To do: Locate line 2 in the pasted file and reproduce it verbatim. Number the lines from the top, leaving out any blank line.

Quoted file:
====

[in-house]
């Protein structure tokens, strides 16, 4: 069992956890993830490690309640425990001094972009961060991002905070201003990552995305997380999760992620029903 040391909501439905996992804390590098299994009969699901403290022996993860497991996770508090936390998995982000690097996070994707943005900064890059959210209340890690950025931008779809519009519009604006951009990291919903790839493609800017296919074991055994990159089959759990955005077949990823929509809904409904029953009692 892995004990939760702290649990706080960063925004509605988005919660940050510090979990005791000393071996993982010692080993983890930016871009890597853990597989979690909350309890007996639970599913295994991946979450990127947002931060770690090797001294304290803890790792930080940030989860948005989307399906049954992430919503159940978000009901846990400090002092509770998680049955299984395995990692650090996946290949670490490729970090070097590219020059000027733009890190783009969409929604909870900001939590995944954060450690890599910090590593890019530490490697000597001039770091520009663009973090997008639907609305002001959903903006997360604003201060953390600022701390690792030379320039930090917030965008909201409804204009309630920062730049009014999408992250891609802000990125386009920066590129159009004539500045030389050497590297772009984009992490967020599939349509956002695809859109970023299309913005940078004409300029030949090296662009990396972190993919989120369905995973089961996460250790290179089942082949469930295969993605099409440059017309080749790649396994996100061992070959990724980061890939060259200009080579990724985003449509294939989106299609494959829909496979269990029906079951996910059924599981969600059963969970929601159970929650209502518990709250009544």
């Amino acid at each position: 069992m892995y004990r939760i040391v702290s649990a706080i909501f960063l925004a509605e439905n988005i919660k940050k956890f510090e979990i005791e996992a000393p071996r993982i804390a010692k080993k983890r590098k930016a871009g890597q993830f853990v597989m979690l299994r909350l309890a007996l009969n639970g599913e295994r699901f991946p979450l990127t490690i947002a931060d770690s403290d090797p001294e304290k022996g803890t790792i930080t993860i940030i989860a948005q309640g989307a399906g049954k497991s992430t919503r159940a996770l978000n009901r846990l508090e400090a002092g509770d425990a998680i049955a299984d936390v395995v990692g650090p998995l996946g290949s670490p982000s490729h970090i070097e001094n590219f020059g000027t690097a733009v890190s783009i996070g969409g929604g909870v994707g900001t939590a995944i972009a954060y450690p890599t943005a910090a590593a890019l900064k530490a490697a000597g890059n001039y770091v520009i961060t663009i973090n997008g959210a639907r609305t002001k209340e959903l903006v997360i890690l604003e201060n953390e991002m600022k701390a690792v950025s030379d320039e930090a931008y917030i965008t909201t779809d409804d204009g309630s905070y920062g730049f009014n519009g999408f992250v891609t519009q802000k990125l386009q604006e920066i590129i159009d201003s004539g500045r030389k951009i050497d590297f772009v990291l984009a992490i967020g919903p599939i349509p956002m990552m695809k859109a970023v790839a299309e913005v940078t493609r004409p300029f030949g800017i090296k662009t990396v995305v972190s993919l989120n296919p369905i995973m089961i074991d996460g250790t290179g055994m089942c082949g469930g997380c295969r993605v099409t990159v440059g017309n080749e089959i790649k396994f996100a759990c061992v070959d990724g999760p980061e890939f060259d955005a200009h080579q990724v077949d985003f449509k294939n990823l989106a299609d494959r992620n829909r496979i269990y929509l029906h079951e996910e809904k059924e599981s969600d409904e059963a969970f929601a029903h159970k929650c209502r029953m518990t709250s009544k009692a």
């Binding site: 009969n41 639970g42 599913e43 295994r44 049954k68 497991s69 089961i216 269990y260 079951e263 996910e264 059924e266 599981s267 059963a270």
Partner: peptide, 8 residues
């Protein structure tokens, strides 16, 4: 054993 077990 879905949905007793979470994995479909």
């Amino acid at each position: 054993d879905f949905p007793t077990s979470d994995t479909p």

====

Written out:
């Protein structure tokens, strides 16, 4: 069992956890993830490690309640425990001094972009961060991002905070201003990552995305997380999760992620029903 040391909501439905996992804390590098299994009969699901403290022996993860497991996770508090936390998995982000690097996070994707943005900064890059959210209340890690950025931008779809519009519009604006951009990291919903790839493609800017296919074991055994990159089959759990955005077949990823929509809904409904029953009692 892995004990939760702290649990706080960063925004509605988005919660940050510090979990005791000393071996993982010692080993983890930016871009890597853990597989979690909350309890007996639970599913295994991946979450990127947002931060770690090797001294304290803890790792930080940030989860948005989307399906049954992430919503159940978000009901846990400090002092509770998680049955299984395995990692650090996946290949670490490729970090070097590219020059000027733009890190783009969409929604909870900001939590995944954060450690890599910090590593890019530490490697000597001039770091520009663009973090997008639907609305002001959903903006997360604003201060953390600022701390690792030379320039930090917030965008909201409804204009309630920062730049009014999408992250891609802000990125386009920066590129159009004539500045030389050497590297772009984009992490967020599939349509956002695809859109970023299309913005940078004409300029030949090296662009990396972190993919989120369905995973089961996460250790290179089942082949469930295969993605099409440059017309080749790649396994996100061992070959990724980061890939060259200009080579990724985003449509294939989106299609494959829909496979269990029906079951996910059924599981969600059963969970929601159970929650209502518990709250009544």